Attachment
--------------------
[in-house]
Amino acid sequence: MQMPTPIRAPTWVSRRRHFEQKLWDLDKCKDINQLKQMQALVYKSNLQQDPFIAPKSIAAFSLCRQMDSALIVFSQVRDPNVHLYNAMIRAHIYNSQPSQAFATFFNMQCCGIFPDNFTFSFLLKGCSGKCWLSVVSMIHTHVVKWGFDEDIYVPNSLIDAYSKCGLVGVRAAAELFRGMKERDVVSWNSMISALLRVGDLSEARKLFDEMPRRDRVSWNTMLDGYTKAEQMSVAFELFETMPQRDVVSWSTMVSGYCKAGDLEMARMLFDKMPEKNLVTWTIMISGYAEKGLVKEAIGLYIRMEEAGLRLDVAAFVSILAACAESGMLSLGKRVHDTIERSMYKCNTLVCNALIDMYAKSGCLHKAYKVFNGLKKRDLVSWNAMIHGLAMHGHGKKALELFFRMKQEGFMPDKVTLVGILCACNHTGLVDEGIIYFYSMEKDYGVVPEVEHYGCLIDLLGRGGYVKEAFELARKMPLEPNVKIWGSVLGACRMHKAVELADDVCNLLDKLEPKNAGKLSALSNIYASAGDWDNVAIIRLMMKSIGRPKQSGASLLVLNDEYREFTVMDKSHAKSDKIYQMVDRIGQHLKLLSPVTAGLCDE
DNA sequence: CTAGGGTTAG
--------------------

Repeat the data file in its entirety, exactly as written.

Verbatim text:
[in-house]
Amino acid sequence: MQMPTPIRAPTWVSRRRHFEQKLWDLDKCKDINQLKQMQALVYKSNLQQDPFIAPKSIAAFSLCRQMDSALIVFSQVRDPNVHLYNAMIRAHIYNSQPSQAFATFFNMQCCGIFPDNFTFSFLLKGCSGKCWLSVVSMIHTHVVKWGFDEDIYVPNSLIDAYSKCGLVGVRAAAELFRGMKERDVVSWNSMISALLRVGDLSEARKLFDEMPRRDRVSWNTMLDGYTKAEQMSVAFELFETMPQRDVVSWSTMVSGYCKAGDLEMARMLFDKMPEKNLVTWTIMISGYAEKGLVKEAIGLYIRMEEAGLRLDVAAFVSILAACAESGMLSLGKRVHDTIERSMYKCNTLVCNALIDMYAKSGCLHKAYKVFNGLKKRDLVSWNAMIHGLAMHGHGKKALELFFRMKQEGFMPDKVTLVGILCACNHTGLVDEGIIYFYSMEKDYGVVPEVEHYGCLIDLLGRGGYVKEAFELARKMPLEPNVKIWGSVLGACRMHKAVELADDVCNLLDKLEPKNAGKLSALSNIYASAGDWDNVAIIRLMMKSIGRPKQSGASLLVLNDEYREFTVMDKSHAKSDKIYQMVDRIGQHLKLLSPVTAGLCDE
DNA sequence: CTAGGGTTAG